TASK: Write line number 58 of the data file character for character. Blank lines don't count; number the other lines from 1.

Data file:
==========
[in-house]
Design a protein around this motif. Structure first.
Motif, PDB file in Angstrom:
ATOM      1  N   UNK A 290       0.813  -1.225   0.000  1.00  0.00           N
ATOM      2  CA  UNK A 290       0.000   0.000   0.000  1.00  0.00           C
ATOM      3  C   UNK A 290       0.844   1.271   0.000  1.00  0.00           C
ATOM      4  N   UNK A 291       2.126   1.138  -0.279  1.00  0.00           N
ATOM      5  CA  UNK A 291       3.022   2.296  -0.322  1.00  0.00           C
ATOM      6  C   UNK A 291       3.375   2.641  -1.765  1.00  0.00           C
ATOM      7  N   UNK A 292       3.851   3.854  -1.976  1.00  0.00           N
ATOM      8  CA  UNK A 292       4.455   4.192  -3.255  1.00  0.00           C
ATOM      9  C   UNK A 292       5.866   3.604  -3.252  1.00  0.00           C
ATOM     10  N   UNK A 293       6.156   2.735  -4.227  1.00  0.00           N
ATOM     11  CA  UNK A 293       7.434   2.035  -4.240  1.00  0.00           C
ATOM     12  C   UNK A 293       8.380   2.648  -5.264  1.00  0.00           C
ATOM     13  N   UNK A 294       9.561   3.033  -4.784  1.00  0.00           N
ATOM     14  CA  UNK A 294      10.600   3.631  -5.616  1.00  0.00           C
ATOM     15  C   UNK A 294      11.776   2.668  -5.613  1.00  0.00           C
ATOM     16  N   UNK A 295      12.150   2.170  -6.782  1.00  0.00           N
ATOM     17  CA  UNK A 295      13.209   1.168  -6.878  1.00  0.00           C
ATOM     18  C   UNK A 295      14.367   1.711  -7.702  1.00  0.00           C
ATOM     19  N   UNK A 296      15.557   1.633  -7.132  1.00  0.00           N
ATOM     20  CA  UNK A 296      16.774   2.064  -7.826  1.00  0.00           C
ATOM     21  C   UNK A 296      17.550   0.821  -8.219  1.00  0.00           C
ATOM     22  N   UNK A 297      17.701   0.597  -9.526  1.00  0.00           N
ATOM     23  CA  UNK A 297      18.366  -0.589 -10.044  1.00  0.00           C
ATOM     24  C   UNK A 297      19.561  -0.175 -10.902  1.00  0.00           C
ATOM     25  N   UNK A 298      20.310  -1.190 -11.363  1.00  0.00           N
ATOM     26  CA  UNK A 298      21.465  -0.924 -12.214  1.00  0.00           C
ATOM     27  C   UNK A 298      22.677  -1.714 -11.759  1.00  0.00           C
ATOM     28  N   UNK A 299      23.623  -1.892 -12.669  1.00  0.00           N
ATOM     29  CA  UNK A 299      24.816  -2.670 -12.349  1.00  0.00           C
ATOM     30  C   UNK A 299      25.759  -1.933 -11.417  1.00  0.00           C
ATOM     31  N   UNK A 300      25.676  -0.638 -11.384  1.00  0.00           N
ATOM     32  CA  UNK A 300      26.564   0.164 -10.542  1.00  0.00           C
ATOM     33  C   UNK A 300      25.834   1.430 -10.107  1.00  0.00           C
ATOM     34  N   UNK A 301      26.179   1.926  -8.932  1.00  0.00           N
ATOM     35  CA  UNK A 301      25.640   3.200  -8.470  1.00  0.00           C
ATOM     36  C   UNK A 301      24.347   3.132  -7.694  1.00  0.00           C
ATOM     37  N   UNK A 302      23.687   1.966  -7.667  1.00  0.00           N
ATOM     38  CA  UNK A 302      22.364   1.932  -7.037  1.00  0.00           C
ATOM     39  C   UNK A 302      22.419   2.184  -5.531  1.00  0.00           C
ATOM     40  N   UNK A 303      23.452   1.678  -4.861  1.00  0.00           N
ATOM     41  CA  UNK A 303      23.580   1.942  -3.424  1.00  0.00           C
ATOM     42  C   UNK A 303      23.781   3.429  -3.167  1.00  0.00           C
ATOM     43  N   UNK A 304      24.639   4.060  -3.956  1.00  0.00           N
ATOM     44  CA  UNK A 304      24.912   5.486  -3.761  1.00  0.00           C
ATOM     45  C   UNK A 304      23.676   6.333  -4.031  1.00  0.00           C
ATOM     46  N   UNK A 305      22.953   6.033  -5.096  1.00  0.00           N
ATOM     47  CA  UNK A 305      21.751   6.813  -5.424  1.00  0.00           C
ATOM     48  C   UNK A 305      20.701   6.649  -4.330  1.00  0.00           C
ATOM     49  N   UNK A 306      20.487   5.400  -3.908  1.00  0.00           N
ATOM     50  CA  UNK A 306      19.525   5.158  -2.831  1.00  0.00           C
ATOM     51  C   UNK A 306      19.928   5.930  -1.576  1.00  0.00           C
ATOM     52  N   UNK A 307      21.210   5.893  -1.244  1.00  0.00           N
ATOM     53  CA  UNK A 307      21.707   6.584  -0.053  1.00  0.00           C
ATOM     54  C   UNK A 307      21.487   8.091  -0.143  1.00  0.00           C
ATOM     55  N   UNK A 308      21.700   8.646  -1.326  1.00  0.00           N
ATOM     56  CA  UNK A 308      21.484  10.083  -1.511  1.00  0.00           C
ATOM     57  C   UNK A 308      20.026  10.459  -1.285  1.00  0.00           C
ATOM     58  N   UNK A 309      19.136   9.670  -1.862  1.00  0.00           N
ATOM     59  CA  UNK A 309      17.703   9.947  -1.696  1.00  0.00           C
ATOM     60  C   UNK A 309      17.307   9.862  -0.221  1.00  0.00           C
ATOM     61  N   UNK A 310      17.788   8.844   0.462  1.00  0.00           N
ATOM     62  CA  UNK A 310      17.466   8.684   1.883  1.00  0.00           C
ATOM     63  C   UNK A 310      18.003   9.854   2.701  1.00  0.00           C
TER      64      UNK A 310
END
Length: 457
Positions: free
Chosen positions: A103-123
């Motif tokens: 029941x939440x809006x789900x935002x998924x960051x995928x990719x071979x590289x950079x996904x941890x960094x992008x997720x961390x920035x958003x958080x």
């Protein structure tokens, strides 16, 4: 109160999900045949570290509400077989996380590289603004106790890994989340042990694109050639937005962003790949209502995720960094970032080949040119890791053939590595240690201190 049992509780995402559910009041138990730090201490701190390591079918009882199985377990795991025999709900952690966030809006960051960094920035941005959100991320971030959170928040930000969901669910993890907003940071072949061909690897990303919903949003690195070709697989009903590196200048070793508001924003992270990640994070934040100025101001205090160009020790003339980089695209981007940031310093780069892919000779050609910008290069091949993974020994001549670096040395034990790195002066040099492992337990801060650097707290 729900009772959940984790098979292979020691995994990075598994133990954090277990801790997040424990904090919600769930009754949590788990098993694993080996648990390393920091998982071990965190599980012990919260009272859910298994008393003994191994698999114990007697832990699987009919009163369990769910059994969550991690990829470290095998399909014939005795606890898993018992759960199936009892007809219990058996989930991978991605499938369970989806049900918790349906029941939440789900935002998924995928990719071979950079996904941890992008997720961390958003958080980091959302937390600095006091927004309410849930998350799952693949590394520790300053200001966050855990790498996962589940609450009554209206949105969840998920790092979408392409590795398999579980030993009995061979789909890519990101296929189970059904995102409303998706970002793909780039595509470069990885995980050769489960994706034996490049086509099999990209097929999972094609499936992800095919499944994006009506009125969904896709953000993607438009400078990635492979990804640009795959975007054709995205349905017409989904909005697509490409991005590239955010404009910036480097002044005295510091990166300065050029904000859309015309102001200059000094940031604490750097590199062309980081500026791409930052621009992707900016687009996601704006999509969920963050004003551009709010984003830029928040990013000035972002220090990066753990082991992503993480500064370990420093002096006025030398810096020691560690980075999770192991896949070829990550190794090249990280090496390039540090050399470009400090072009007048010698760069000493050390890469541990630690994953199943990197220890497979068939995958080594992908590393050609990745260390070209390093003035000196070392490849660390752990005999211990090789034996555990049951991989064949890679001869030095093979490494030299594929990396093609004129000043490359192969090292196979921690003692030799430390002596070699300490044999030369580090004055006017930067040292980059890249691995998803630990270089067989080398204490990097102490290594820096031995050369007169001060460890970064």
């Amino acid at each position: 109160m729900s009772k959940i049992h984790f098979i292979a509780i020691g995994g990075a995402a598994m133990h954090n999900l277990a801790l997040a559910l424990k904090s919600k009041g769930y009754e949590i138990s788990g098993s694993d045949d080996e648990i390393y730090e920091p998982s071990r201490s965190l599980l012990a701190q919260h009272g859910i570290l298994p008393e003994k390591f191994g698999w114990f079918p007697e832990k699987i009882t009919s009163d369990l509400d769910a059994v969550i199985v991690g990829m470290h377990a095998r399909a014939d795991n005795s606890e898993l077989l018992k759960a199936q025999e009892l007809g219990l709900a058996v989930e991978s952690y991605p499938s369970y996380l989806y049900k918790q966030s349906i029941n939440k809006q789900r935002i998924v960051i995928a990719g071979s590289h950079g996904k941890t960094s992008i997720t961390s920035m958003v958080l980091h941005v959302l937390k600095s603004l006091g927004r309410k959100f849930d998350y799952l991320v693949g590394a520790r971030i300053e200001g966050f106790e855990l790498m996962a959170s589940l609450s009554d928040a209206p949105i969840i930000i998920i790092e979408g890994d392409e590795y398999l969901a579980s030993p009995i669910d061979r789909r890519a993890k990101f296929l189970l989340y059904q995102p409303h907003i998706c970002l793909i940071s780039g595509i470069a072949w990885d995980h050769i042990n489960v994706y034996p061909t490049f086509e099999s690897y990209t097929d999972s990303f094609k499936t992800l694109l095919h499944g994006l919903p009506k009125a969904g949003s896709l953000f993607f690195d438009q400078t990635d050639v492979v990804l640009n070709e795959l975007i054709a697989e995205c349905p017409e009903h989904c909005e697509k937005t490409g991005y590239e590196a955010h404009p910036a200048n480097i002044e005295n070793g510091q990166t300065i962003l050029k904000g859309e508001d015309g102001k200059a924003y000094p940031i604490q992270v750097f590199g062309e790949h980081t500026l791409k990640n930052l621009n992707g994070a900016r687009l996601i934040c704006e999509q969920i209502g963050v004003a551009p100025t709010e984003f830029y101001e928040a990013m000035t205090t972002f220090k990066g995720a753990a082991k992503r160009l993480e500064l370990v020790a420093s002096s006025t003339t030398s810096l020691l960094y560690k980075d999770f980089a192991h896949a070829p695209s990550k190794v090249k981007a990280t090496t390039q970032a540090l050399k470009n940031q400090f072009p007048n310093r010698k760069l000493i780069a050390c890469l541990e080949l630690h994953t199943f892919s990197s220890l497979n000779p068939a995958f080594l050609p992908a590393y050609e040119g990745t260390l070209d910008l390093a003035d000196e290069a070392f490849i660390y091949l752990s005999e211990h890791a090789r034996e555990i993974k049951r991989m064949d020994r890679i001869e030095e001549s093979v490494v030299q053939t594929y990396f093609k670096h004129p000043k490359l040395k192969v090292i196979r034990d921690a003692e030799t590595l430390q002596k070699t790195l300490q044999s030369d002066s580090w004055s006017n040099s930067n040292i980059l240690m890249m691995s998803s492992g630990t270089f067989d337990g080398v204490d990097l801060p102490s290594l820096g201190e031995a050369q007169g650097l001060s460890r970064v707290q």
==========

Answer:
ATOM     55  N   UNK A 308      21.700   8.646  -1.326  1.00  0.00           N